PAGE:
As any experienced Shopify theme user knows, one of the main restrictions of the Shopify platform is that there is limited changes you can make to the checkout pages — but there are some “secret” ways to tweak the way these pages look.
To clarify, Shopify does allow all merchants to customize the cart page (this is located at yourdomain.com/cart) through the theme editor (or by modifying the cart-template.liquid file directly), but this is distinct from the checkout pages, which are located at yourdomain.com followed by a number and “checkouts”).
It’s also worth noting that some Shopify stores are set up to bypass the cart page entirely and direct users to the first checkout page automatically.
One common question Shopify merchants have is why you can’t make more changes to the checkout pages. There are a few good reasons for this:
If you have Apple Pay, Amazon Payments or PayPal enabled, Shopify places branded buttons near the top of the first page in the checkout process.
However, if your customer prefers to pay with a credit card, it is sometimes difficult for them to tell that this is possible — and they may abandon the checkout assuming, often incorrectly, that you only accept the payment methods shown here.
To combat this, Shopify outputs the word “Or” in rather small and light type under these alternate payment buttons.
The problem many store owners face, however, is that not all customers see this or understand that it means they can enter a credit card number later in the process.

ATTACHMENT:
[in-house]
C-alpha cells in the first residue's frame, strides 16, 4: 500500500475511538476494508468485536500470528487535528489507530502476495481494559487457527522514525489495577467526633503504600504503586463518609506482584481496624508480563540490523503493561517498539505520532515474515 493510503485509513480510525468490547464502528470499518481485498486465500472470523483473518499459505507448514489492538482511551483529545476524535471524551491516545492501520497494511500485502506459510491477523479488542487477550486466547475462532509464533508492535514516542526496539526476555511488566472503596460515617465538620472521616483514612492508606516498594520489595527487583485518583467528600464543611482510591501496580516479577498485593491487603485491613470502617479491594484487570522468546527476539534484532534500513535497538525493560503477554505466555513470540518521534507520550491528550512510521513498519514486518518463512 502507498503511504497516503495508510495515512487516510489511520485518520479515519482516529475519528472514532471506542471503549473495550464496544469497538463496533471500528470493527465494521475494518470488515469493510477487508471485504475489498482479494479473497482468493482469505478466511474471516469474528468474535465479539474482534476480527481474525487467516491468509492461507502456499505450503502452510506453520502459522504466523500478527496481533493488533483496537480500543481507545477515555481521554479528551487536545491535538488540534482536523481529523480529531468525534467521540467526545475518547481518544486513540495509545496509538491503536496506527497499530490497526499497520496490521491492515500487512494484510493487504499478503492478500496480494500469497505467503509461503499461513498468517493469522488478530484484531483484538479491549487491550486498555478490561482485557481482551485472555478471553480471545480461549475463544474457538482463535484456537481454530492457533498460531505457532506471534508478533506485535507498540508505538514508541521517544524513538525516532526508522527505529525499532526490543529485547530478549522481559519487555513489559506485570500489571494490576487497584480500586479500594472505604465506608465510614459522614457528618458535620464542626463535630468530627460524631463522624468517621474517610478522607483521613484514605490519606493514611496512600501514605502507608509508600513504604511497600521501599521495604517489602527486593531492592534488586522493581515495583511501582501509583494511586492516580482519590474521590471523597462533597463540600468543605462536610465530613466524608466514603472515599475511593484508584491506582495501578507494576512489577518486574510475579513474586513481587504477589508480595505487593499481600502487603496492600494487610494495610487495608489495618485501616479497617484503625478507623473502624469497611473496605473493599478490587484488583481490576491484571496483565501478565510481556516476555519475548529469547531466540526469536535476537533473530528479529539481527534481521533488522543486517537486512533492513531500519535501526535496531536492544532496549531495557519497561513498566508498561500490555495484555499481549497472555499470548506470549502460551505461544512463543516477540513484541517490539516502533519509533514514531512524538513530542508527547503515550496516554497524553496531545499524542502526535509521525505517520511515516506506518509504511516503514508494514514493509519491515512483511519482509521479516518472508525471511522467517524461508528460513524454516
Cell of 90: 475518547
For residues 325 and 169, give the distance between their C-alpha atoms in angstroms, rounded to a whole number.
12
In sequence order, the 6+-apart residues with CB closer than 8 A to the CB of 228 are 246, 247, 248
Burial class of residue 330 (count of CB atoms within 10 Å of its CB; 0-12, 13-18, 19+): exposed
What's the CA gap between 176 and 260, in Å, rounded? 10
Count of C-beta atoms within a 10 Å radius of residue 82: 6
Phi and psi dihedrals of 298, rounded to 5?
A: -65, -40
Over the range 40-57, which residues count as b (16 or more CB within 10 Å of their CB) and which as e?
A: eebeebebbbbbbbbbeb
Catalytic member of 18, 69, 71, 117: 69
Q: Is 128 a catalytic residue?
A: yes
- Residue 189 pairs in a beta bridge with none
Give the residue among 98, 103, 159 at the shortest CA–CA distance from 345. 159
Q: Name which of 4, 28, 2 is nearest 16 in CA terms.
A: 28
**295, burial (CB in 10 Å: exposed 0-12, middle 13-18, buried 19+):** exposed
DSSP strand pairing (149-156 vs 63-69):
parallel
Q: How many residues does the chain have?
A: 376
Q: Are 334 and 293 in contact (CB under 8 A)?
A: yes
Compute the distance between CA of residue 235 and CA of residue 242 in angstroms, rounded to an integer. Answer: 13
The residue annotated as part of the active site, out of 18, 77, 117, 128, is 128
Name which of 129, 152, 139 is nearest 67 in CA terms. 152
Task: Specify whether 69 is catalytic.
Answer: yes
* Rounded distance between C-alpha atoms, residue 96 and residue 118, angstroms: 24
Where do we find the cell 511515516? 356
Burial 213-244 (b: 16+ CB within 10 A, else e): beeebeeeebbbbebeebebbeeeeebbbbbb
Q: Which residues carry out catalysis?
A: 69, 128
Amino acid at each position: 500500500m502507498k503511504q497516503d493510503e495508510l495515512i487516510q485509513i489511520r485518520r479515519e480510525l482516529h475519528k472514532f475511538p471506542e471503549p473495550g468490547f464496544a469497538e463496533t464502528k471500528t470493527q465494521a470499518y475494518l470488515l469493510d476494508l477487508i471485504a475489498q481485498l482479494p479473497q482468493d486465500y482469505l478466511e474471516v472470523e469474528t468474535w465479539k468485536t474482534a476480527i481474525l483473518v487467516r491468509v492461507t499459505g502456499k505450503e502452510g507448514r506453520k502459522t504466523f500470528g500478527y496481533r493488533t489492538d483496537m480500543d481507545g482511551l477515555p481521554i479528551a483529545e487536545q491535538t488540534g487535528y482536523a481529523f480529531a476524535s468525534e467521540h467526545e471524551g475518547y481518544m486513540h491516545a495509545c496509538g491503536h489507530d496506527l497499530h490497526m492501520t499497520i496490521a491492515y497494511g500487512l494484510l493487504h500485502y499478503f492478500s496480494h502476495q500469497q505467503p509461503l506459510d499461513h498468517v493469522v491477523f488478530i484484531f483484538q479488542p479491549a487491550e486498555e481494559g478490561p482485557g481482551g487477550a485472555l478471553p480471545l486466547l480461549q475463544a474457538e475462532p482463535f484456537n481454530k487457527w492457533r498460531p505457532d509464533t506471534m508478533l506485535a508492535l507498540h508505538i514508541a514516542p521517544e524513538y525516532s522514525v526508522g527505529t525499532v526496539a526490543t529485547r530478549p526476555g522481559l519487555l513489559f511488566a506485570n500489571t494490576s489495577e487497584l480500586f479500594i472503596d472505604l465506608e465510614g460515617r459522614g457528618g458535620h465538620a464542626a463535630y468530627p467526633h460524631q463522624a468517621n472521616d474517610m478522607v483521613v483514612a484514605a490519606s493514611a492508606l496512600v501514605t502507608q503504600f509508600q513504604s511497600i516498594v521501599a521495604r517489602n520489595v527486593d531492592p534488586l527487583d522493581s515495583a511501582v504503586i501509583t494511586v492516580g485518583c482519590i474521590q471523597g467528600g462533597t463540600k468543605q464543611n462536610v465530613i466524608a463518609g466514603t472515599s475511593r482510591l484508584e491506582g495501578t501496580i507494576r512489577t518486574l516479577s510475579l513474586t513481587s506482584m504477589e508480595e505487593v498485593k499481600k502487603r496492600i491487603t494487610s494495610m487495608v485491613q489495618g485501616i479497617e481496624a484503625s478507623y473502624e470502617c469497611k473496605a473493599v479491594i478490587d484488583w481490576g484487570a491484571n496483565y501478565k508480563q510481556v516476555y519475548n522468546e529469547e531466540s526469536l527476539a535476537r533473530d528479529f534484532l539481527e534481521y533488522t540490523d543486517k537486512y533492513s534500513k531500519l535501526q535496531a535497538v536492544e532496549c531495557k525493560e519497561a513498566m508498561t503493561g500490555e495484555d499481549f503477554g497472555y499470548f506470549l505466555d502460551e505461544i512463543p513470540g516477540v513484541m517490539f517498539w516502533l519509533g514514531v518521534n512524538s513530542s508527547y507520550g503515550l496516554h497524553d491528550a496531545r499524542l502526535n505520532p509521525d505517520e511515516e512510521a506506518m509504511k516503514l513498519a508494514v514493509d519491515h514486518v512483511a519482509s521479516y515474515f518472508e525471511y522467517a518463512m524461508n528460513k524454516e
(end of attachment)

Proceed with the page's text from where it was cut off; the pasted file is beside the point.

There is, however, one alternative to this that can often help — changing the word “Or” to be more detailed. For example, you may change it to read “Or continue to pay with your credit card” or similar language.
To make this change, first, open the language editor by following these steps. Then, enter "Checkout alternative payment method banner" in the “filter translations” field.
The page should update. Look for the field labeled as the “Or” field under the “Checkout & system / Checkout alternative payment method banner” heading.
Change this to read something like "Or check out using your credit card" or whatever wording you’d like to use.
One thing to note: while some translation fields will accept HTML code that would allow you to add credit card logos here, unfortunately this is not possible in this field. However, in many case just having more text than just “or” here makes it visually “heavier” so more shoppers will see it.
Another good alternative to try is to change the text here to include the names of the cards you accept in this field, such as “Or use Visa, MasterCard, American Express or Discover.” Although this isn’t the same as showing the more familiar card logos, since most major credit card logos are variations of the card names, outputting the name here can be almost as effective.
Like the solution above, another way to signal that you accept other payment methods is to change the text on the large button on the first checkout page to clarify that you accept credit cards.
To do this, in your Language Editor under the “Checkout & system” tab, use the filter to search for “Continue to payment method” and change the wording of the “Continue to payment method” field under the “Checkout & system / Checkout general” subheading.
You can also change the text of most other buttons within the checkout process by using the same language settings update technique.
Another common request is to add logos or trustmarks on the page where users enter credit card numbers ensuring them that the transaction is secure and processed via SSL. Shopify does output “All transactions are secure and encrypted” just above where shoppers enter credit card details.